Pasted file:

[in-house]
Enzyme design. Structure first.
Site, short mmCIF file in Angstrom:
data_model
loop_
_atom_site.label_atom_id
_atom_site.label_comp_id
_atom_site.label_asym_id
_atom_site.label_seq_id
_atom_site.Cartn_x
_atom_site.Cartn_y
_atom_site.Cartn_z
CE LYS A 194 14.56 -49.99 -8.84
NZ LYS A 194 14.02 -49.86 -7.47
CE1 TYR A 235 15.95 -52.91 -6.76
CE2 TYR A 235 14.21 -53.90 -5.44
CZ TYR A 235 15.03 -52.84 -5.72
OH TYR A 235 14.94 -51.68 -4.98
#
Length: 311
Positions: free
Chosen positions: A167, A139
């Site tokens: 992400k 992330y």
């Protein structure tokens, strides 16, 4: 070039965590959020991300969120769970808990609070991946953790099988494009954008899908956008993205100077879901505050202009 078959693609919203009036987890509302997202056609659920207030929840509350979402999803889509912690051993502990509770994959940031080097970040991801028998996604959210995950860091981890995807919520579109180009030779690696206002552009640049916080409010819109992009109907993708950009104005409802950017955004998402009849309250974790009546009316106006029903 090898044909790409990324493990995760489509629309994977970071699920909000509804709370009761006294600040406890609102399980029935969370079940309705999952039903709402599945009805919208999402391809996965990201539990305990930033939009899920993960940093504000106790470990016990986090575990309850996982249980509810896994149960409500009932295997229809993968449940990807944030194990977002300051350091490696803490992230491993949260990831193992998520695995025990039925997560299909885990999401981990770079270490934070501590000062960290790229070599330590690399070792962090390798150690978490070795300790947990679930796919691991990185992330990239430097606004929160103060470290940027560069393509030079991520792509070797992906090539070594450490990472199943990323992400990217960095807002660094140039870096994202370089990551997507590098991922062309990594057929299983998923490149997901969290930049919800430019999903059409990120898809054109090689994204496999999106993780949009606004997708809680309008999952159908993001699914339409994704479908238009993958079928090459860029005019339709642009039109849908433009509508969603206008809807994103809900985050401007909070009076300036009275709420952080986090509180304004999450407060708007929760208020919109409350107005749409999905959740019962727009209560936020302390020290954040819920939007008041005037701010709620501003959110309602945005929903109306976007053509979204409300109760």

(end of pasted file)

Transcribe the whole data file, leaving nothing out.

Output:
[in-house]
Enzyme design. Structure first.
Site, short mmCIF file in Angstrom:
data_model
loop_
_atom_site.label_atom_id
_atom_site.label_comp_id
_atom_site.label_asym_id
_atom_site.label_seq_id
_atom_site.Cartn_x
_atom_site.Cartn_y
_atom_site.Cartn_z
CE LYS A 194 14.56 -49.99 -8.84
NZ LYS A 194 14.02 -49.86 -7.47
CE1 TYR A 235 15.95 -52.91 -6.76
CE2 TYR A 235 14.21 -53.90 -5.44
CZ TYR A 235 15.03 -52.84 -5.72
OH TYR A 235 14.94 -51.68 -4.98
#
Length: 311
Positions: free
Chosen positions: A167, A139
């Site tokens: 992400k 992330y």
């Protein structure tokens, strides 16, 4: 070039965590959020991300969120769970808990609070991946953790099988494009954008899908956008993205100077879901505050202009 078959693609919203009036987890509302997202056609659920207030929840509350979402999803889509912690051993502990509770994959940031080097970040991801028998996604959210995950860091981890995807919520579109180009030779690696206002552009640049916080409010819109992009109907993708950009104005409802950017955004998402009849309250974790009546009316106006029903 090898044909790409990324493990995760489509629309994977970071699920909000509804709370009761006294600040406890609102399980029935969370079940309705999952039903709402599945009805919208999402391809996965990201539990305990930033939009899920993960940093504000106790470990016990986090575990309850996982249980509810896994149960409500009932295997229809993968449940990807944030194990977002300051350091490696803490992230491993949260990831193992998520695995025990039925997560299909885990999401981990770079270490934070501590000062960290790229070599330590690399070792962090390798150690978490070795300790947990679930796919691991990185992330990239430097606004929160103060470290940027560069393509030079991520792509070797992906090539070594450490990472199943990323992400990217960095807002660094140039870096994202370089990551997507590098991922062309990594057929299983998923490149997901969290930049919800430019999903059409990120898809054109090689994204496999999106993780949009606004997708809680309008999952159908993001699914339409994704479908238009993958079928090459860029005019339709642009039109849908433009509508969603206008809807994103809900985050401007909070009076300036009275709420952080986090509180304004999450407060708007929760208020919109409350107005749409999905959740019962727009209560936020302390020290954040819920939007008041005037701010709620501003959110309602945005929903109306976007053509979204409300109760």